A proposed class action suit claims Equifax Information Services Inc. and agent RMB World Enterprises, which operates as Decisionlinks, violated the Fair Credit Reporting Act (FCRA) by selling prescreened consumer data to third parties, including co-defendant Platinum Plus Printing, for illicit marketing purposes.
The FCRA was passed by Congress in 1970 and is designed to “[regulate] the purposes for which the personal and private information maintained by Consumer Reporting Agencies such as Equifax may be used and disseminated,” the case begins. The statute lists several permissible purposes for offering up customer information, one of which allows lists of pre-approved customers to be given to legitimate lenders able to make customers “firm offers of credit.” Under the FCRA, the suit says, consumer data cannot be used for targeted marketing purposes unless the agency that received the data plans to make a firm credit offer. The FCRA also requires credit reporting agencies such as Equifax to “make a reasonable effort” to screen companies that request consumer data to make sure they are legitimate and that the outfit plans to use the data for approved purposes.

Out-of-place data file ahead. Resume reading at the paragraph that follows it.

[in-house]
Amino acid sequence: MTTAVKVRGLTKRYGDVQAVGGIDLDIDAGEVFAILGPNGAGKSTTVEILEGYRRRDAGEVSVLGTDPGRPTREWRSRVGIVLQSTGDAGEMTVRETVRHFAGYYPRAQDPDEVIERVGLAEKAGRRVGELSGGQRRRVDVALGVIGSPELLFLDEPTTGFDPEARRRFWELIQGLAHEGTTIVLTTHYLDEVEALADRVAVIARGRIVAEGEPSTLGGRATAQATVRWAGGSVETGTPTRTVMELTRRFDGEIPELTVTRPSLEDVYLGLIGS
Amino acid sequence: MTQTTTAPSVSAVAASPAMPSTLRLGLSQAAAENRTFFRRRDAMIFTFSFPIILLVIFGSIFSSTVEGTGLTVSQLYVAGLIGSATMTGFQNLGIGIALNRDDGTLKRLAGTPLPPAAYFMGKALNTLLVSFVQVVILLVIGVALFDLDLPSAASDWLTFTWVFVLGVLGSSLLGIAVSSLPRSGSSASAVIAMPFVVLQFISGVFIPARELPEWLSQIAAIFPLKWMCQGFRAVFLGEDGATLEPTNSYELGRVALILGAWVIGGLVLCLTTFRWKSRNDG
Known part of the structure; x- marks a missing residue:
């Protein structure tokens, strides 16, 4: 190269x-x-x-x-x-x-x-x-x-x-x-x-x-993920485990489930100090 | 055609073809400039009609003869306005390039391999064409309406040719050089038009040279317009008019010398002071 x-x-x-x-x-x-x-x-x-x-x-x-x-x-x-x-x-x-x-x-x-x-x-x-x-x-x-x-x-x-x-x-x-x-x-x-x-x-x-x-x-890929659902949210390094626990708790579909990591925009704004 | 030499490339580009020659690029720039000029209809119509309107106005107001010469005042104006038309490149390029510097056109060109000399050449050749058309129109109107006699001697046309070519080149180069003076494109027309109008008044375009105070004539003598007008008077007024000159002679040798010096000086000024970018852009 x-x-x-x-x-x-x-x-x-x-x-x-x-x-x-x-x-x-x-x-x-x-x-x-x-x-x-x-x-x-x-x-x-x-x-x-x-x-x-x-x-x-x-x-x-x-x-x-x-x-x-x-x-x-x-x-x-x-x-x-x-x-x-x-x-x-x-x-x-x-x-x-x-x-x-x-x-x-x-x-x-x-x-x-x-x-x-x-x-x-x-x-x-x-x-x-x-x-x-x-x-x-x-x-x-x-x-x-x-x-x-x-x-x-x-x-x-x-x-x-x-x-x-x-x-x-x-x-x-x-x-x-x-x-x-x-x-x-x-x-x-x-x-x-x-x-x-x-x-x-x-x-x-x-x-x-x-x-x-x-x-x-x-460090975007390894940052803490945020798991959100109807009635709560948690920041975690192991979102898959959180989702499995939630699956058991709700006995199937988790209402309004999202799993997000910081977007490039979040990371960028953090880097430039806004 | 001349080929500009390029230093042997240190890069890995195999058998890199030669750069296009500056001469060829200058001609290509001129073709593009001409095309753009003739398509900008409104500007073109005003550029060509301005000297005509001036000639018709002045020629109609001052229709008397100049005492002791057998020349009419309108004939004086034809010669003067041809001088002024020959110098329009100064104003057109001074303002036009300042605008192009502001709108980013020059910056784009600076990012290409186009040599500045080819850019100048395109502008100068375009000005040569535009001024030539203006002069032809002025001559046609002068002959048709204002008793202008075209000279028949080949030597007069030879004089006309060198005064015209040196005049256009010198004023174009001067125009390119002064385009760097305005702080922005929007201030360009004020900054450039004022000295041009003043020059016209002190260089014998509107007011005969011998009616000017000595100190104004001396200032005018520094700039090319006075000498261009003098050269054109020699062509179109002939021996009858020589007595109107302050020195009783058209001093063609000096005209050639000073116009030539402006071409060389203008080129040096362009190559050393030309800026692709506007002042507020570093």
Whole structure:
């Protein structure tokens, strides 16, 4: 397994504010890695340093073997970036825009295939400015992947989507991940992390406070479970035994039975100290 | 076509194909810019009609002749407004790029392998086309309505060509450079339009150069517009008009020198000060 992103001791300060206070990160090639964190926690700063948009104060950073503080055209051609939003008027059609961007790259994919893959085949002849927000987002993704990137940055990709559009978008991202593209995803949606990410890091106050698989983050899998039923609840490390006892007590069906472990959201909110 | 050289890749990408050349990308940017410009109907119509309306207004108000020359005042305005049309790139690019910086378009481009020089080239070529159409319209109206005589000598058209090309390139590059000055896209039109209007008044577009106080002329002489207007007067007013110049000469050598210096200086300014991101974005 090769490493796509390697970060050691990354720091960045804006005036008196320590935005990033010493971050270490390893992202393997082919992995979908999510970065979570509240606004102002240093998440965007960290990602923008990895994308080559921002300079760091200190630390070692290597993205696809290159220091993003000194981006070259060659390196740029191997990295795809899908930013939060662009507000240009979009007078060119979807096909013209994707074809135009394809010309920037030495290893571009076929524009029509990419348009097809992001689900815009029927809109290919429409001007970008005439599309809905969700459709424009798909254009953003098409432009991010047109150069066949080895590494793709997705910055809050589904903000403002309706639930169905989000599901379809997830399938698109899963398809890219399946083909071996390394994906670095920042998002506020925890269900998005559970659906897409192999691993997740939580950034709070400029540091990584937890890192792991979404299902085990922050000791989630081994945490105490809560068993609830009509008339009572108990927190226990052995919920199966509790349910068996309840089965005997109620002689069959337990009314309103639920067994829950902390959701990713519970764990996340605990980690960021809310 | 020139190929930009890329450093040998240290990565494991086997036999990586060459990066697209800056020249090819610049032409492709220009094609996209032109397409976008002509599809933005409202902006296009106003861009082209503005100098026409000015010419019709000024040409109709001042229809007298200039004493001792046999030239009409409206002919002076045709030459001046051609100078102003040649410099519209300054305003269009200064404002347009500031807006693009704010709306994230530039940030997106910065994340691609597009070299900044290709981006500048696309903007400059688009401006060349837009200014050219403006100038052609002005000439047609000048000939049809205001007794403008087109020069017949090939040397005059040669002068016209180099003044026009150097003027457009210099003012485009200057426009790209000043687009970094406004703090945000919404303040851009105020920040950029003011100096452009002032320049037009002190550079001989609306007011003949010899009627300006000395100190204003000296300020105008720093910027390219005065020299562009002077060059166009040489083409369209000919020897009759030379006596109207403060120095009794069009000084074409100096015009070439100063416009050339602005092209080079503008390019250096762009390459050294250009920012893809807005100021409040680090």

According to the complaint, Platinum Plus Printing, a direct mail marketing company focused on vehicle deals, approached Equifax and Decisionlinks in August 2017 in search of a “count” of pre-screened customers, focusing specifically on individuals’ credit scores, repossession histories and bankruptcies. Equifax and Decisionlinks allegedly agreed to furnish data to Platinum, who reportedly used this data in a direct mail marketing campaign for a Houston Nissan dealership.
Platinum made similar data requests for a Kia dealership in Virginia and several other businesses across the country, the lawsuit says. In its direct mail marketing materials, Platinum supposedly informed proposed class members that they had been pre-approved for a loan; however, the complaint alleges this statement was false and that no firm offer of credit was ever made, as the company Platinum advertised as the lender—Geneva Financial Services—was neither a lender nor permitted to do business in the states of Texas and Virginia.
The suit further claims that Equifax and Decisionlinks were aware that Platinum planned to use the consumer reports for illicit purposes yet neglected their duty to protect consumer privacy by supplying the data anyway.
“Defendants placed their business interests above their obligations to comply with the Fair Credit Reporting Act and the interest of safeguarding the privacy rights of consumers because they made substantial profits by selling and using consumer reports for impermissible target marketing purposes,” the lawsuit alleges.
The proposed class includes all 63,584 individuals whose consumer reports were accessed by Platinum for the above purposes.
The suit requests $1,000 in damages for each violation.